One police officer told a commission of inquiry that it was common knowledge in the unit in which he worked that “suspects were ‘taken out’” and officers knew “when a killing was going to occur”. The suspect would then be shot “in self-defence by a member of the unit, while trying to escape”.

Other murder and robbery units in KwaZulu-Natal, including units in Pietermaritzburg, Empangeni and Port Shepstone, were also allegedly linked to these killings. Interestingly, members of the organised crime unit in Port Shepstone are also among those listed in the Cato Manor indictment.

An interview I conducted with KwaZulu-Natal ICD investigators in June 2010 suggested that these practices persisted in the Durban organised crime unit. The interviewee pointed to the high number of “questionable” killings involving the unit. The typical organised crime shooting, the interviewee said, involved going into a house; if there was a potential witness in the house, the witness would be taken outside. Then the suspect would be taken to a bedroom, where he would be reported to have “gone for his firearm” – and be shot.

Though the shootings were suspicious, the ICD was struggling to prove they were unlawful because they were consistently presented as shootings in self-defence. It was not only the same units but the same individual names that kept coming up again and again.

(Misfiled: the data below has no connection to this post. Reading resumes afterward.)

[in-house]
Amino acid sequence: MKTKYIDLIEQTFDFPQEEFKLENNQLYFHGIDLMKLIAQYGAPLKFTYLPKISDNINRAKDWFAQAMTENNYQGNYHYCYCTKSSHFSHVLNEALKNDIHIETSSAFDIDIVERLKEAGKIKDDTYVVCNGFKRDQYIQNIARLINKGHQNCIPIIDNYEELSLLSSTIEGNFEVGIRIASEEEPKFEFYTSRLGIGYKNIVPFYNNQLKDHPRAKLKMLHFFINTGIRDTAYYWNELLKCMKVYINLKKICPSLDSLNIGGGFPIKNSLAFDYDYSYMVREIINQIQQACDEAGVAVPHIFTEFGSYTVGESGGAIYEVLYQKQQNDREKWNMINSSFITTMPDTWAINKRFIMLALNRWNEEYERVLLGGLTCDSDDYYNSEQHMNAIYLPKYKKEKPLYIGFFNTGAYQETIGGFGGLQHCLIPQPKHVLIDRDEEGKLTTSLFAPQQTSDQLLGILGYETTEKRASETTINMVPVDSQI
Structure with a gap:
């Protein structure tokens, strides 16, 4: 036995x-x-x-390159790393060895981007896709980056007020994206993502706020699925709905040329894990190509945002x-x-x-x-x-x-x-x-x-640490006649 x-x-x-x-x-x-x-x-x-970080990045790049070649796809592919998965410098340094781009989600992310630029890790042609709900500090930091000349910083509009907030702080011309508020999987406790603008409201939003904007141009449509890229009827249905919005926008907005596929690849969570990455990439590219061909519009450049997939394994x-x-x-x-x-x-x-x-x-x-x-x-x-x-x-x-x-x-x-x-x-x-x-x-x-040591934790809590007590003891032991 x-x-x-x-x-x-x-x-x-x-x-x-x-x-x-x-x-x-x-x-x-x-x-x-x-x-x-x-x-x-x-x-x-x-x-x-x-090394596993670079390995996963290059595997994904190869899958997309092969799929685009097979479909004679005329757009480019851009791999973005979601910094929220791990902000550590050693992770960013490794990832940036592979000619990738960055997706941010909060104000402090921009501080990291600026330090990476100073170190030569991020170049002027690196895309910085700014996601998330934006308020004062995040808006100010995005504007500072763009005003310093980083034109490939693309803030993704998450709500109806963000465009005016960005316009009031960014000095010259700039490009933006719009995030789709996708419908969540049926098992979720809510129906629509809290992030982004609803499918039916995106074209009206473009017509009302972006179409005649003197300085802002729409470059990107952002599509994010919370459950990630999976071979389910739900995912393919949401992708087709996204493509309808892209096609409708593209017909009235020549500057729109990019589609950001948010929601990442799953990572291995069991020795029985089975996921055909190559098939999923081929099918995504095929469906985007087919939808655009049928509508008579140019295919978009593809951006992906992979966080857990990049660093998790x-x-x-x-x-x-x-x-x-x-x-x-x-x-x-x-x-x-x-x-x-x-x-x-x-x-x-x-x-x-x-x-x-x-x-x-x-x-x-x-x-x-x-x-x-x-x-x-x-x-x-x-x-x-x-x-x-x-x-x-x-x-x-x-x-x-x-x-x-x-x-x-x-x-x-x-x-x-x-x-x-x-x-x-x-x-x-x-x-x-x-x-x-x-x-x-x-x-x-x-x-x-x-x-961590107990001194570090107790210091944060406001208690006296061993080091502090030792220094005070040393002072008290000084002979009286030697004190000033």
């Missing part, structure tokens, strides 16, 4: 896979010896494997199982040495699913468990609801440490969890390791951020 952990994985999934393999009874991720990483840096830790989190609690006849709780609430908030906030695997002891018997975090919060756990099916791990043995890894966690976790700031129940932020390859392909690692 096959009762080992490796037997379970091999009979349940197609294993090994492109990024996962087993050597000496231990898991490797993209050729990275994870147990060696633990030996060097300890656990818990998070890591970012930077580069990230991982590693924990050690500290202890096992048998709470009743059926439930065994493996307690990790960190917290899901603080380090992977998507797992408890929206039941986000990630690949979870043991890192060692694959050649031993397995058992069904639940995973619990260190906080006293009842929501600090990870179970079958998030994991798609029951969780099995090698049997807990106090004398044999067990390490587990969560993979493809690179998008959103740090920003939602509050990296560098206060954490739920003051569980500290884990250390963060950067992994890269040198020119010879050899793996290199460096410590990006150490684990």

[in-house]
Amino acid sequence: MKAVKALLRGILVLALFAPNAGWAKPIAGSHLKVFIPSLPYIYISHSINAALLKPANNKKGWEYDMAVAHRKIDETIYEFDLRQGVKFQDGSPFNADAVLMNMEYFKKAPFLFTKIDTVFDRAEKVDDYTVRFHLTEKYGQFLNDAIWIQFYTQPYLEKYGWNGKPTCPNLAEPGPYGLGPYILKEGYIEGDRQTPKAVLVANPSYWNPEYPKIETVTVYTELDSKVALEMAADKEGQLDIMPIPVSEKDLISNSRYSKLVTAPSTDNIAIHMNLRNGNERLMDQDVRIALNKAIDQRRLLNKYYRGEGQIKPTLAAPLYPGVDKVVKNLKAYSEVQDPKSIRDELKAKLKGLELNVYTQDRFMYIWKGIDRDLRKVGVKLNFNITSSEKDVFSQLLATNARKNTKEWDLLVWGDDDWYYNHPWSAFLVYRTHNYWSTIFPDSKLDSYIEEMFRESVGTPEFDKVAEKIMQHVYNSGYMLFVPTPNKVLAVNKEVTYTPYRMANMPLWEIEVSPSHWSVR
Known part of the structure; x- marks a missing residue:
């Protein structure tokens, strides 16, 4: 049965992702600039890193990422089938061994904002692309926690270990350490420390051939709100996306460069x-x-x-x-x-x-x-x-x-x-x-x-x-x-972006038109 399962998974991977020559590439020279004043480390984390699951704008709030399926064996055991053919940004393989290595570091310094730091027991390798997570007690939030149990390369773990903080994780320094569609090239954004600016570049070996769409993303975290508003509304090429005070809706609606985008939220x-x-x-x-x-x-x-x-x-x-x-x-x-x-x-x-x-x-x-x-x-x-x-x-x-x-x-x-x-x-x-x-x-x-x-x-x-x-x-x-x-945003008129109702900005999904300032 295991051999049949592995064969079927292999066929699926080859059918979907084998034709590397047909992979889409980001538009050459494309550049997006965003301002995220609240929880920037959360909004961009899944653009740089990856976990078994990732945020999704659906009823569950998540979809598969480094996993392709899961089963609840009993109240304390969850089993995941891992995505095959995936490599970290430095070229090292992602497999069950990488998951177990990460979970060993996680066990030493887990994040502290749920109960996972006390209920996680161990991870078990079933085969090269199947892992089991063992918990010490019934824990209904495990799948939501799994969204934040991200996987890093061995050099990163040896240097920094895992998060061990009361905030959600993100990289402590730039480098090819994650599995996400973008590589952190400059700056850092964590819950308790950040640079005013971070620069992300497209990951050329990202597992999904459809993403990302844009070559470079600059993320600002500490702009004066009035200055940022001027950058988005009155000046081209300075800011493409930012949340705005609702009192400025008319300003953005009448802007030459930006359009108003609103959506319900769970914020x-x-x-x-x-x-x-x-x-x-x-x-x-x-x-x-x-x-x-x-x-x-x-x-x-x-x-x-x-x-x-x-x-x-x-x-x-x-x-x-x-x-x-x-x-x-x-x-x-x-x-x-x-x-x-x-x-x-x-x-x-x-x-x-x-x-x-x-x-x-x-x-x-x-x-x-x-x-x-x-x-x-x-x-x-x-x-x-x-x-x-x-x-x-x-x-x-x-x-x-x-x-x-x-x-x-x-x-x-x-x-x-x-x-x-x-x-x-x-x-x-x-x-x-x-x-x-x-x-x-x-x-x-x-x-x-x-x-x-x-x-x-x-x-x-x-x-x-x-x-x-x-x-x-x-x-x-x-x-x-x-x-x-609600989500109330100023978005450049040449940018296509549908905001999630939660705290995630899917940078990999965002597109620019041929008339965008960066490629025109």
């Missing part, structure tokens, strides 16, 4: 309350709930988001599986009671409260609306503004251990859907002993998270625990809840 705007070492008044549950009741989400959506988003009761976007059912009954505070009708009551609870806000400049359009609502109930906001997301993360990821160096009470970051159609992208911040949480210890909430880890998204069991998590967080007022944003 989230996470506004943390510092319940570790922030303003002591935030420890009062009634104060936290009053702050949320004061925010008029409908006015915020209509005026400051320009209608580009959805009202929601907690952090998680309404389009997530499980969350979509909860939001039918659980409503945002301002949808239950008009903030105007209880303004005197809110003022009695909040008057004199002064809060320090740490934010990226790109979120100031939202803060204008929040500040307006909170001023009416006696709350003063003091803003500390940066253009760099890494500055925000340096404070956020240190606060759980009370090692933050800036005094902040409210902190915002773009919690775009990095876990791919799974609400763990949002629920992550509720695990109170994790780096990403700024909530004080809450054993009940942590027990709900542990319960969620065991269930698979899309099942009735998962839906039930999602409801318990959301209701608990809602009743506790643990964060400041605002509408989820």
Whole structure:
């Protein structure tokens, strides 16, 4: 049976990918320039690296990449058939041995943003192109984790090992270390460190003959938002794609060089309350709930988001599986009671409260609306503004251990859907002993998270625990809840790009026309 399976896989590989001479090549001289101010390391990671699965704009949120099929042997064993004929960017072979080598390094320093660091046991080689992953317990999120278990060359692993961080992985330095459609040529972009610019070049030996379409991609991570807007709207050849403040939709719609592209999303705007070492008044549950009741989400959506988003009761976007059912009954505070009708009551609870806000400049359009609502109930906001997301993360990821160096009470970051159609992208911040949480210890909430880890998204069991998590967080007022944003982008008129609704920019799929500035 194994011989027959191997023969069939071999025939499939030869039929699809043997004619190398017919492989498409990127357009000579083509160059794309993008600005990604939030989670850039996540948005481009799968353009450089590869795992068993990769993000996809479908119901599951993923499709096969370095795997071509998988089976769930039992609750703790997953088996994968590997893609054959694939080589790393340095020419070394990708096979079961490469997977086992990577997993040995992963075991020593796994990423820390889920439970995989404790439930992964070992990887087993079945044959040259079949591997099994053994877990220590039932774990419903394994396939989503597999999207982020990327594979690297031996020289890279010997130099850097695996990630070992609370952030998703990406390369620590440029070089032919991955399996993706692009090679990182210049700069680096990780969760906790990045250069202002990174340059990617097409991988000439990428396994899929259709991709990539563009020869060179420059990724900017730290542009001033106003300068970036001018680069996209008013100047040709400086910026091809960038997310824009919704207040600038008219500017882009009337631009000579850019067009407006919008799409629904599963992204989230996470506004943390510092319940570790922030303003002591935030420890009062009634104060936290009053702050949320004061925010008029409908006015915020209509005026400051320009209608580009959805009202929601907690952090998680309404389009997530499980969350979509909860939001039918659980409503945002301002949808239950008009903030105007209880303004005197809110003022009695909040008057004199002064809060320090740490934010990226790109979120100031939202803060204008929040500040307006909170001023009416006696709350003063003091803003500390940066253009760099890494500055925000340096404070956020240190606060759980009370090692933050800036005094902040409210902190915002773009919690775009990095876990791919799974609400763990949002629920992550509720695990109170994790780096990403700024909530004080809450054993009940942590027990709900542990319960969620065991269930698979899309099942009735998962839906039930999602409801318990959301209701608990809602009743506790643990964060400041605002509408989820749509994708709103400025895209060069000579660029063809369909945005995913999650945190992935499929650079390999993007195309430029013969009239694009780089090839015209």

An unusual aspect of the ICD’s statistics for killings by police over the years from April 2008 to March 2011 is not just the high number of killings by police in KwaZulu-Natal but also the disproportionately high number of killings during “escapes”.

The ICD and its successor, the Independent Police Investigative Directorate (IPID), record killings by police in a number of subcategories. The ICD had no manual prescribing how staff should distinguish between these categories.

Yet, despite the absence of clear guidelines, it seems reasonable to assume that killings classified as taking place “during escapes” would generally have been those of people already in custody. During the three years from April 2008 to March 2011 the ICD recorded 90 killings by police in KwaZulu-Natal in this category.

These accounted for 67% of the national total – and represented a dramatic increase on the 19 killings in this category recorded in KwaZulu-Natal over the preceding three-year period.